In his 1921 essay ‘The Metaphysical Poets’, T. S. Eliot made several of his most famous and important statements about poetry – including, by implication, his own poetry. It is in this essay that Eliot puts forward his well-known idea of the ‘dissociation of sensibility’, among other theories. But what did Eliot mean by ‘dissociation of sensibility’? And how did even Eliot himself come to distance himself from the idea?
Like another one of Eliot’s most famous and influential critical terms – namely, the concept of the ‘objective correlative’ – the notion of a ‘dissociation of sensibility’ which set in during the seventeenth century is often misinterpreted or only partially grasped. Eliot put forward this idea in a review of a new anthology, Herbert J. C. Grierson’s Metaphysical Lyrics and Poems of the Seventeenth Century. Eliot uses his review of Grierson’s anthology, however, as an opportunity to consider the value and significance of the metaphysical poets in the development of English poetry. We have previously summarised Eliot’s argument in his essay here.
But what we’re concerned with here is a remark that Eliot makes towards the end of the essay, where he talks of how, in English poetry, a ‘dissociation of sensibility’ set in during the seventeenth century. The key statement made by Eliot in relation to this ‘dissociation of sensibility’ is arguably the following: ‘A thought to Donne was an experience; it modified his sensibility.’ Or, as he had just said, prior to this, of the nineteenth-century poets Tennyson and Browning: ‘they do not feel their thought as immediately as the odour of a rose.’
In other words, whereas poets like Donne, in the late sixteenth and early seventeenth century, felt their thoughts with the immediacy we usually associate with smelling a sweet flower, later poets were unable to feel their thought in the same way. The change – the ‘dissociation of sensibility’, i.e. the moment at which thought and feeling became separated into two distinct kinds of ‘sensibility’ or experience – occurred, for Eliot, in the mid-seventeenth century, after the heyday of metaphysical poetry when Donne, Herbert, and (to an extent) Marvell were writing.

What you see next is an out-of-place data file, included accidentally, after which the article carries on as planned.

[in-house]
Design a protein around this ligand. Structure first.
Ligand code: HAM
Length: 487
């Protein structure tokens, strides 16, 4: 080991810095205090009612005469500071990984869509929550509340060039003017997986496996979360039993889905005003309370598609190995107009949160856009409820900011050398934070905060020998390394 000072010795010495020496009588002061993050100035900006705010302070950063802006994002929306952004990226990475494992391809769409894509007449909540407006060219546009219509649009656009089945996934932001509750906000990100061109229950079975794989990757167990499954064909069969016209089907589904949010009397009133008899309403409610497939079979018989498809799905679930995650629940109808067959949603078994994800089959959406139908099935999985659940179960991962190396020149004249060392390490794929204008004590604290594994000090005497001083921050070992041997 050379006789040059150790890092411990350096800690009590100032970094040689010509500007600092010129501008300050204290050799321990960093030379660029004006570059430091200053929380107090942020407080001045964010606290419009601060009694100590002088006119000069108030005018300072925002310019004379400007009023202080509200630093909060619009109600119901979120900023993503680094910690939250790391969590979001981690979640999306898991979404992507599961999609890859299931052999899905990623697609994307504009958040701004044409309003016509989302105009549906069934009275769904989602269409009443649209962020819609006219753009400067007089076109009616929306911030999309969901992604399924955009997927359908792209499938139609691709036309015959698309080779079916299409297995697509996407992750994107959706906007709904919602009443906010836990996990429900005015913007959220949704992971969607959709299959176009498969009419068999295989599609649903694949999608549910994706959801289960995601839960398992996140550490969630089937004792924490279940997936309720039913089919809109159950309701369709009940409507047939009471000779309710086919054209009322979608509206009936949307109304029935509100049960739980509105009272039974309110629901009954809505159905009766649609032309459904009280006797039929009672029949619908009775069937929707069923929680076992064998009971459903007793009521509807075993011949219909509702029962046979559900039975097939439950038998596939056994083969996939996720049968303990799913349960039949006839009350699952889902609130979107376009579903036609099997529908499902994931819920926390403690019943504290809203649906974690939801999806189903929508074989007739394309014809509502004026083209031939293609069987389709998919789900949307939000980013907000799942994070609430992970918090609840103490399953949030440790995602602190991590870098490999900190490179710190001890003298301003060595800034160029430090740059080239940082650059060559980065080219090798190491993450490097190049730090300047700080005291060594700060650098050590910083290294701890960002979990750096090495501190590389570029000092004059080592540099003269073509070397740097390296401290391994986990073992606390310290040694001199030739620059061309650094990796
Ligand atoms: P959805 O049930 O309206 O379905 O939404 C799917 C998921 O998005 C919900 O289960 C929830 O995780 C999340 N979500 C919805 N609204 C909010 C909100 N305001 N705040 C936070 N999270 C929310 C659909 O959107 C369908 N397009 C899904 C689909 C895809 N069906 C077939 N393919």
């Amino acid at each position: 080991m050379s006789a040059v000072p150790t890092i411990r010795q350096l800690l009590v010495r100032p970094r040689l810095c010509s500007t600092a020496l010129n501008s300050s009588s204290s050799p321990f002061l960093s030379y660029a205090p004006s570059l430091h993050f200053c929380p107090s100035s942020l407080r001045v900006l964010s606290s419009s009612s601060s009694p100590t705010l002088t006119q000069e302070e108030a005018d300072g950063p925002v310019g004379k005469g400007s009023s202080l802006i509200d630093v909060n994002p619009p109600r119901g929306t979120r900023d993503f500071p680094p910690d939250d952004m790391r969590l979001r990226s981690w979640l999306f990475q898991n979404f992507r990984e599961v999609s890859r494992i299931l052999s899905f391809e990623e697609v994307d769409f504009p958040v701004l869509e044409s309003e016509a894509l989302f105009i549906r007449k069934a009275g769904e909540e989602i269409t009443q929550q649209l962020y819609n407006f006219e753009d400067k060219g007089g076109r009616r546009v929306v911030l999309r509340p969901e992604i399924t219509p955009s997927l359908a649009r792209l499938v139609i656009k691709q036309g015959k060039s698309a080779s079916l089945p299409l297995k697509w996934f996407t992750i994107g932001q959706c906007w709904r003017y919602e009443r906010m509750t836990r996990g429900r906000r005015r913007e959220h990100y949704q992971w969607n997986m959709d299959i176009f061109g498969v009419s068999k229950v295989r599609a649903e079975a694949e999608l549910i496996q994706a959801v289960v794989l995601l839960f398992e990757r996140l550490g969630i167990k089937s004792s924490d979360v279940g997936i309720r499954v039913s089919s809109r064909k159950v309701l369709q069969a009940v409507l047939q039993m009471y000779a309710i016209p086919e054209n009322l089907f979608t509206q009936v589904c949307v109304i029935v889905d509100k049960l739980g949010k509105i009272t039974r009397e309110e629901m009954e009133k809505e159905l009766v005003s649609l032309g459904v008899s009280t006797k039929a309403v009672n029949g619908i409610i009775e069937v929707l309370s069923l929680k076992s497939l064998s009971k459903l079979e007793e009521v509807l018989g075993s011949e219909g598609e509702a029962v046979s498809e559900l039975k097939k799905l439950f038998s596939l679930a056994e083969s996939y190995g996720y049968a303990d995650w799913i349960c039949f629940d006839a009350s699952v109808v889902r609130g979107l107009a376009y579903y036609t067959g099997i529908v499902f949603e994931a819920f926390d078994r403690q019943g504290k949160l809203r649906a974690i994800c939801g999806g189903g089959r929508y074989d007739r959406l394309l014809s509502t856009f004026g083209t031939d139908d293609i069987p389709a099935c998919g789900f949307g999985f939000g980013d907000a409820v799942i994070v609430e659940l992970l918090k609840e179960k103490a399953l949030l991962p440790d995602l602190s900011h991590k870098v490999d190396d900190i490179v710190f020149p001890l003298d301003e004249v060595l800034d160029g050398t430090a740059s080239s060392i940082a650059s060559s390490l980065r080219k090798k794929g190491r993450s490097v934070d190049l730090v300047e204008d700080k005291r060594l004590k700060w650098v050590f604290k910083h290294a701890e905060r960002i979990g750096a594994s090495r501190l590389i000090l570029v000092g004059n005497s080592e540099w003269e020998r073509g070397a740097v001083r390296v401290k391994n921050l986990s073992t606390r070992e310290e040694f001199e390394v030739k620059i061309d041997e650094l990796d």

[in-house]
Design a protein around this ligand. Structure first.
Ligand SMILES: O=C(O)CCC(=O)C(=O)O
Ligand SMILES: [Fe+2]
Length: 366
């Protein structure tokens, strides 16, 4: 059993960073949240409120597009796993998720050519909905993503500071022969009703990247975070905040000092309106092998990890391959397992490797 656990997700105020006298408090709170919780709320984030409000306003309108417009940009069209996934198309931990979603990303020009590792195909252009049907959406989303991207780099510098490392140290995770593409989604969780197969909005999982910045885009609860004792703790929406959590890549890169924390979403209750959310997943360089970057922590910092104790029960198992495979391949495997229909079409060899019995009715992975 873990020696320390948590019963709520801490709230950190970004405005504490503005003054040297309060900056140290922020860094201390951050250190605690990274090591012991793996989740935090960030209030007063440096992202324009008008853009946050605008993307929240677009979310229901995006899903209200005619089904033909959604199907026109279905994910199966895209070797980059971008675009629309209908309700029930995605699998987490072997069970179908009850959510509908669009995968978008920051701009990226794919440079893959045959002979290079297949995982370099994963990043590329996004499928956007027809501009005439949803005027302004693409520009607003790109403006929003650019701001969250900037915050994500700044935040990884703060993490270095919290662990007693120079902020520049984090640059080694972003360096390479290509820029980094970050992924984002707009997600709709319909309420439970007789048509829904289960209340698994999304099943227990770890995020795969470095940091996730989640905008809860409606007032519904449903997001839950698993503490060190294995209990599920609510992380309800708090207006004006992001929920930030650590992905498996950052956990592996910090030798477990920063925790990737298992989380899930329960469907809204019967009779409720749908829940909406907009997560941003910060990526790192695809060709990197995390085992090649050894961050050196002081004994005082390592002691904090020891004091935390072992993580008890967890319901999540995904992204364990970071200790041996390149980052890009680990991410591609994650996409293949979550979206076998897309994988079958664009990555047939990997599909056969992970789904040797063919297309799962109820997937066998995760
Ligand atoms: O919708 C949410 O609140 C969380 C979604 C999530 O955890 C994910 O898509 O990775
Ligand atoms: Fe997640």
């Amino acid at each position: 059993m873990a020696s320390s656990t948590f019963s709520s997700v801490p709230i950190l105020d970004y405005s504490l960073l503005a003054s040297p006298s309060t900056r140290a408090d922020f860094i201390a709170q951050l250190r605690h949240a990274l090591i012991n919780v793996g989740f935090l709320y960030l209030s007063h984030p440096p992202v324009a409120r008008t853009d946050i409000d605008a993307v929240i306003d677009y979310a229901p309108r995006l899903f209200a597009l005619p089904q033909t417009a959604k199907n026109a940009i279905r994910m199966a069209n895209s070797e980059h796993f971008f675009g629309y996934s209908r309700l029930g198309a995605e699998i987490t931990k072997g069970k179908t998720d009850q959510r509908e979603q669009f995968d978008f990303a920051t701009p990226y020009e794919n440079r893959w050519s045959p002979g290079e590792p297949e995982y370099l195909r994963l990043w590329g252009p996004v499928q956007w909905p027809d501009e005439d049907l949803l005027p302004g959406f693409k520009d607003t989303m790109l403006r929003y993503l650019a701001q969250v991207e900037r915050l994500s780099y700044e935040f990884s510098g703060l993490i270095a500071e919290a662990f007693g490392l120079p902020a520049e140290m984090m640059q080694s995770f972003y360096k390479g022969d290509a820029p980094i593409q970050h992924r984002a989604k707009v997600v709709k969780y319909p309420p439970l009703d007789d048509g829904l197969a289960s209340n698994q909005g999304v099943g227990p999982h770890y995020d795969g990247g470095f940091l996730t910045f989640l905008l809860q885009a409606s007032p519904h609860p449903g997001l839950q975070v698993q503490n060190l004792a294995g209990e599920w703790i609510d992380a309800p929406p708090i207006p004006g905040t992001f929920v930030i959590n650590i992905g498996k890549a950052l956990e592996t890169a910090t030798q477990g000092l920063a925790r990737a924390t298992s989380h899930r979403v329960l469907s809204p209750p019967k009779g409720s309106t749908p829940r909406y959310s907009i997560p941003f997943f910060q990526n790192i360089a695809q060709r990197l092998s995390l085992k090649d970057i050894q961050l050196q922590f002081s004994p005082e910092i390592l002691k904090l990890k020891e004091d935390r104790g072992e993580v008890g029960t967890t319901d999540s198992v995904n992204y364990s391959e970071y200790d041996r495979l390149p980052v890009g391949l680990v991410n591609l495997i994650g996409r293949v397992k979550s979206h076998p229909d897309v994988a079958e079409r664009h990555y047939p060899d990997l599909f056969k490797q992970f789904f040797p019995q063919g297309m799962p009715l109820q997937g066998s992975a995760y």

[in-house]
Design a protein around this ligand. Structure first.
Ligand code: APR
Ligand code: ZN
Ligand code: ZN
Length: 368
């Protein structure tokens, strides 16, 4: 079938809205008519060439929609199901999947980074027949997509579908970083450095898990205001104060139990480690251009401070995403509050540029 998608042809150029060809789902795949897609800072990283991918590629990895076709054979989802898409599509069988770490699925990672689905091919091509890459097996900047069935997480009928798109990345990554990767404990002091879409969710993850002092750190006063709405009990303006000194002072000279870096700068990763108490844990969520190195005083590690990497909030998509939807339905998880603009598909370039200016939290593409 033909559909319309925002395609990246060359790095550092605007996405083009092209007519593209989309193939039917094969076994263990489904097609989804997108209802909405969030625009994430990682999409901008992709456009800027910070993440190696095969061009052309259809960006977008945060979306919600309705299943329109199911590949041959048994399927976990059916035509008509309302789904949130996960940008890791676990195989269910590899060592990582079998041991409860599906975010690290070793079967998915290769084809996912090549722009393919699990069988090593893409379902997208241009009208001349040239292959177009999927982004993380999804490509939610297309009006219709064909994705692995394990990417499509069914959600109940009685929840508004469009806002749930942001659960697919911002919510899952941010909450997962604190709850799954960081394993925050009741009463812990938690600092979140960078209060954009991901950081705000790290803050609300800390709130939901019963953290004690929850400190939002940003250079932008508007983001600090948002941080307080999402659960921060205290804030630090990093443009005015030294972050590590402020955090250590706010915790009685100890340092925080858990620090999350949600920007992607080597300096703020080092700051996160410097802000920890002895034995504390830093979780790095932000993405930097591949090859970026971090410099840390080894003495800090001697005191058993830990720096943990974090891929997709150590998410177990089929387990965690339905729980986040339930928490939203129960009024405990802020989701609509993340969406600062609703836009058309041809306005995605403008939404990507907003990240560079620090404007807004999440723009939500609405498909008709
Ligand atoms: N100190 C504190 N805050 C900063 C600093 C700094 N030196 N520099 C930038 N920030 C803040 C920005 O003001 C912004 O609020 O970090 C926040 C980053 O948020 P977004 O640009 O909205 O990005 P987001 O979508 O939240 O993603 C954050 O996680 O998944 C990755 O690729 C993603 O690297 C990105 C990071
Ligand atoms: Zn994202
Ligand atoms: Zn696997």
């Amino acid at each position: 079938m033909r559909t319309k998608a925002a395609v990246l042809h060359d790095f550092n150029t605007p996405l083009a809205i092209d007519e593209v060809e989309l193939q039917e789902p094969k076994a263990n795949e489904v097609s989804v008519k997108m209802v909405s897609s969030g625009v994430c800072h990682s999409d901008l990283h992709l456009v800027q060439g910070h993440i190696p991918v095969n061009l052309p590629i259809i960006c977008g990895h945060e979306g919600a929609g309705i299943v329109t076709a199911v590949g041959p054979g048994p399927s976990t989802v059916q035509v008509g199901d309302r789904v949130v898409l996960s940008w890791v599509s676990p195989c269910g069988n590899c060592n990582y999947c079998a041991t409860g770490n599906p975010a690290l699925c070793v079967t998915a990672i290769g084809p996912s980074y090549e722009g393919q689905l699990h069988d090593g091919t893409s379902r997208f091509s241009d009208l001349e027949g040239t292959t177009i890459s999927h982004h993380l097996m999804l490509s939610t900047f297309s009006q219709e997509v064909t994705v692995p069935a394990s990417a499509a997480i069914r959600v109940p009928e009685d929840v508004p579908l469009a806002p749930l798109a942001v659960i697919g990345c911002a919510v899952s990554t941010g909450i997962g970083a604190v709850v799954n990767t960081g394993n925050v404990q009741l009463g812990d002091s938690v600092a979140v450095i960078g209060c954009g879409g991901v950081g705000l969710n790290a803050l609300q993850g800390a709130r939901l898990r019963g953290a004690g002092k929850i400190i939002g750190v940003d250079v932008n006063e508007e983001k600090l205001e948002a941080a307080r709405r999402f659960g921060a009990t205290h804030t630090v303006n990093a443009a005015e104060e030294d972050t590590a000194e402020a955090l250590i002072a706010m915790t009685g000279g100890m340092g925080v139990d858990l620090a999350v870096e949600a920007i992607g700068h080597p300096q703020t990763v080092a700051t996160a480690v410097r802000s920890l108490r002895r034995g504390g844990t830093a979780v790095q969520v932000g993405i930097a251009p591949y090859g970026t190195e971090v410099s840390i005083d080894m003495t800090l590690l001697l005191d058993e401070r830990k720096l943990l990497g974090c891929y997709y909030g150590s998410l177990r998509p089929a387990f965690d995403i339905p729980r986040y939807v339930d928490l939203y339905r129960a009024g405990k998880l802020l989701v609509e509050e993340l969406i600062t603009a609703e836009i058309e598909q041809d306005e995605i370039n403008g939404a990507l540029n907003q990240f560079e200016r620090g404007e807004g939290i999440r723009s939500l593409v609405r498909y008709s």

This watershed moment, this shift in poetry, is represented, for Eliot, by the two Johns, two major poets of the later seventeenth century: John Milton and John Dryden. Both poets did something consummately, but what they did was different. Dryden’s style was far more rational and neoclassical; Milton’s was more focused on sensation and feeling. What had been conjoined in the earlier poetry of John Donne – who thought and felt with equal intensity – has become separated into two different qualities by the time Milton and Dryden are writing. Think of it like the chemical element water, comprising atoms of hydrogen and oxygen, being separated into two separate elements. You get two different things, which only formed water when they came together.
It is worth noting, although Eliot doesn’t make this point, that the Romantics – whose work rejected the cold, orderly rationalism of neoclassical poets like Alexander Pope and, before him, John Dryden – embraced Milton, and especially his Paradise Lost. Wordsworth references Milton in several of his sonnets, while Mary Shelley’s Frankenstein is steeped in Milton.
So, what Eliot meant by the dissociation of sensibility was a separation of thought from emotion in the work of English poets following John Donne, who wrote poetry between the 1590s and the 1620s. However, it’s worth noting that Eliot himself went on to dissociate himself from the concept of ‘dissociation of sensibility’: he used the phrase in an essay from 1921, but in 1925 he revised the theory from dissociation of sensibility to what he called disintegration of intellect. And this disintegration set in after Dante, some three centuries before Donne. Indeed, as Ronald Schuchard points out in one of the best studies of Eliot’s work, Eliot’s Dark Angel: Intersections of Life and Art, Donne was actually complicit in the ‘disintegration of intellect’ during the Renaissance.
Why? Eliot grounded his theory in religious schism as much as in literary criticism, identifying a rift in Donne’s philosophy (if we can use that word for it) between Calvinist ‘ontologism’ and the Jesuits’ ‘psychologism’. Because of the conflicts and contradictions between these two worldviews which Donne had assimilated, his thinking is split between them and lacks the totality and unity that Dante’s medieval Catholic worldview possessed.